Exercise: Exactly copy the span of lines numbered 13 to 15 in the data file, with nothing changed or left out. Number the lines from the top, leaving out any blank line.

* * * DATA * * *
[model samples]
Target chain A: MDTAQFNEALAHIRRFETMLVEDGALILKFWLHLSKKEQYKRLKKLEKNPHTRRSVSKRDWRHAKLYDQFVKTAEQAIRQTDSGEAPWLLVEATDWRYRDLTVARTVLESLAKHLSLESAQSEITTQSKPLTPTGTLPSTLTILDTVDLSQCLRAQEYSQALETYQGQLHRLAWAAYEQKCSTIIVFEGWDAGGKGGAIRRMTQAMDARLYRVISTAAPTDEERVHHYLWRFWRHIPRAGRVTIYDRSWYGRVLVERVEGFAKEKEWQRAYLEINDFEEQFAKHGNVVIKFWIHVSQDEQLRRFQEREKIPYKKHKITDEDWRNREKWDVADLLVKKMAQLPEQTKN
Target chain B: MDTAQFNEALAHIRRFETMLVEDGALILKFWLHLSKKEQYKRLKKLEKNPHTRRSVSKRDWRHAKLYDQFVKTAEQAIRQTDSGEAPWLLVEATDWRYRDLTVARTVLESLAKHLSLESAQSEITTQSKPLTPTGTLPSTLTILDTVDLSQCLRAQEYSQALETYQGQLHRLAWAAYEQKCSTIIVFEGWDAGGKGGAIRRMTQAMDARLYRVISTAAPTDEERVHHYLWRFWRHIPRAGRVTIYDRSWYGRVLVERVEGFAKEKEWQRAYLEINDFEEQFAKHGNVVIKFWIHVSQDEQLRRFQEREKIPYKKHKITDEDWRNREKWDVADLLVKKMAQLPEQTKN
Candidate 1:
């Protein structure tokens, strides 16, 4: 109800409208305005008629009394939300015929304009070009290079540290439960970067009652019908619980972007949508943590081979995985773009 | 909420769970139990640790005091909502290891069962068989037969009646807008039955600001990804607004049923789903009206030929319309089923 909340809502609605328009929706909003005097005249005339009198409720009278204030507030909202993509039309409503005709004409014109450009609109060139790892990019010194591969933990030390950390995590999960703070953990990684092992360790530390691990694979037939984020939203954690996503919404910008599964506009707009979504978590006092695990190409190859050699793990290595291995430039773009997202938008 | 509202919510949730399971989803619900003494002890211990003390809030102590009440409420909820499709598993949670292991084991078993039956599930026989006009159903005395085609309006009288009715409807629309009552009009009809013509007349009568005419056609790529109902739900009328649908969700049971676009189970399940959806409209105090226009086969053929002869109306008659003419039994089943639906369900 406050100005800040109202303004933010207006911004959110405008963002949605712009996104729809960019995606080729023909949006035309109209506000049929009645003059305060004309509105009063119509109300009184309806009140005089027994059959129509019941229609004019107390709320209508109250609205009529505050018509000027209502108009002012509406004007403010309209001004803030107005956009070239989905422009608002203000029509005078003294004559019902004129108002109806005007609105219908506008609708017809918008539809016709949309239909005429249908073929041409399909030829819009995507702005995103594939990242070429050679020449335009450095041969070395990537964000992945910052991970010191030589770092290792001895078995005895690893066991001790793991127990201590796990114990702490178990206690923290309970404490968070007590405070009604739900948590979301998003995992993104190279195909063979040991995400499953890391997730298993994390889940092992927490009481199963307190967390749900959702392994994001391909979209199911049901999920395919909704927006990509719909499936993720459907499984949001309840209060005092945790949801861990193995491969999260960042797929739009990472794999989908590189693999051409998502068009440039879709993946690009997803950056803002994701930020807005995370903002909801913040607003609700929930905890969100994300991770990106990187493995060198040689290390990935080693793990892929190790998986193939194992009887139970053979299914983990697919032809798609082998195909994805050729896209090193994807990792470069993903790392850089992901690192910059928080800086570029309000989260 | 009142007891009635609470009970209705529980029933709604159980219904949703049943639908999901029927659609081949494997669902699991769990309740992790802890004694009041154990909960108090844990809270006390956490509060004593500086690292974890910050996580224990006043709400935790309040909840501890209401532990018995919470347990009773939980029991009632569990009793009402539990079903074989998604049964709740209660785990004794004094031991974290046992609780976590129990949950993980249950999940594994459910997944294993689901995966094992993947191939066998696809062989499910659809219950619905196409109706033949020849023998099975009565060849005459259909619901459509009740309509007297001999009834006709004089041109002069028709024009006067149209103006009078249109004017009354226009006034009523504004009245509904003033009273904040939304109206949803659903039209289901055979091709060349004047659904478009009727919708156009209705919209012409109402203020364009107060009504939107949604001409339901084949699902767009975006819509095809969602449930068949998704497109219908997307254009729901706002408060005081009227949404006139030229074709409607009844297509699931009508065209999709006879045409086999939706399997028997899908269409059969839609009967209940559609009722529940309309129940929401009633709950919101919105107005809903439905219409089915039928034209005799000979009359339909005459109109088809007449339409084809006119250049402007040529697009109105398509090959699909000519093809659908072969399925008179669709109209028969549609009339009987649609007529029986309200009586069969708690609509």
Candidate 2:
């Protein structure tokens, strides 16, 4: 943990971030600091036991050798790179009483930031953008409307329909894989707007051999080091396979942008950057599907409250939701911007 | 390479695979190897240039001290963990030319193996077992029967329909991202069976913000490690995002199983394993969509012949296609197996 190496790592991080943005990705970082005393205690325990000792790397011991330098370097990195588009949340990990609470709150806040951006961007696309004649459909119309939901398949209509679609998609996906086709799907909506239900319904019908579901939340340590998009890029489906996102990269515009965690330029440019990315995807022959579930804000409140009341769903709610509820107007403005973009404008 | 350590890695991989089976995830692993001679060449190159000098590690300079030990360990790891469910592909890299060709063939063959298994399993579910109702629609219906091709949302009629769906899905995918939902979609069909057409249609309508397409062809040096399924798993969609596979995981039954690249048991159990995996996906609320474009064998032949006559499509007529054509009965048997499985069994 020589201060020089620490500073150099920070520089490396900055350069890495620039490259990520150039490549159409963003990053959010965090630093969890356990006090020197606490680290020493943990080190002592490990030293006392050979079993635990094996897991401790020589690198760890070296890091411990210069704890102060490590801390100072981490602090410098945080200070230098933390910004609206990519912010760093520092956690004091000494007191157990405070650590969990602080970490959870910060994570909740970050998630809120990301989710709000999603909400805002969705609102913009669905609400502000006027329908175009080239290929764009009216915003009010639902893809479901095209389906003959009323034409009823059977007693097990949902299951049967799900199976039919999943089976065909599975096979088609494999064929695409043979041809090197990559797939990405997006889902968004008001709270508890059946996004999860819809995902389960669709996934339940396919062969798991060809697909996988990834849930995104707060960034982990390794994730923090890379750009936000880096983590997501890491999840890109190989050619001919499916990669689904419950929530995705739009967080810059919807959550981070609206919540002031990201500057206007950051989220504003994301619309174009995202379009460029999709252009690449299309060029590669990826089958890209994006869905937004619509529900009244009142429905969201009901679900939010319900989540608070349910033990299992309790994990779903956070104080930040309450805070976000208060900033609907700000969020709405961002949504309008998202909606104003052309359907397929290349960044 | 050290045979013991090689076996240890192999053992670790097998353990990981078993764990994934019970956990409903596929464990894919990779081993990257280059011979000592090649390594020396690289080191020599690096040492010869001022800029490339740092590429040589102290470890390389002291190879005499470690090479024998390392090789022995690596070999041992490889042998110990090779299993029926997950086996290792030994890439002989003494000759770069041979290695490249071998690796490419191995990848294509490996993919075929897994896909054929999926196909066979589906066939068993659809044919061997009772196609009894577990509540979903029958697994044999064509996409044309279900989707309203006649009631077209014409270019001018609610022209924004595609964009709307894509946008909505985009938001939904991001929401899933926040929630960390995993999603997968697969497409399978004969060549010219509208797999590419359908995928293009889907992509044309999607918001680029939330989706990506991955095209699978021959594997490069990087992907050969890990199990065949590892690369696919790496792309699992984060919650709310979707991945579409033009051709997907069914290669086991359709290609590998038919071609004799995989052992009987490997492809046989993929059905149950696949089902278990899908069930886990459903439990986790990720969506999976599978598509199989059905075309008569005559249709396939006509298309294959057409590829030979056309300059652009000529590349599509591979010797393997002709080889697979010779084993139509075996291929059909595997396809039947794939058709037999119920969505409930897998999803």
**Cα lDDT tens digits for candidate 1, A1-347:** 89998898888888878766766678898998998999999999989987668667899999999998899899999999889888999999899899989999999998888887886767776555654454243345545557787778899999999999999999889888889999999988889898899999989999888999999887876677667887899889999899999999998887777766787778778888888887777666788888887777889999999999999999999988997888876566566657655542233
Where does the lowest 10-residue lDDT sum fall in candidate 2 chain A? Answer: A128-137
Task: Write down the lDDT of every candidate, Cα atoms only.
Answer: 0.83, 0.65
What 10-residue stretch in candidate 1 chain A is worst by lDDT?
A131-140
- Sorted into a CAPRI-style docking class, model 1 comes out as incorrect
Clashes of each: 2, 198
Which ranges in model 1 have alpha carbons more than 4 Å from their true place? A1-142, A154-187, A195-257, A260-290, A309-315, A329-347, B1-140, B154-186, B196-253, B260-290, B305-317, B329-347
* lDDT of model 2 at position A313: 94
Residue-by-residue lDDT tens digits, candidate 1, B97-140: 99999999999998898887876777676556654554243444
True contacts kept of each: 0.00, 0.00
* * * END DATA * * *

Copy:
A131-140
- Sorted into a CAPRI-style docking class, model 1 comes out as incorrect
Clashes of each: 2, 198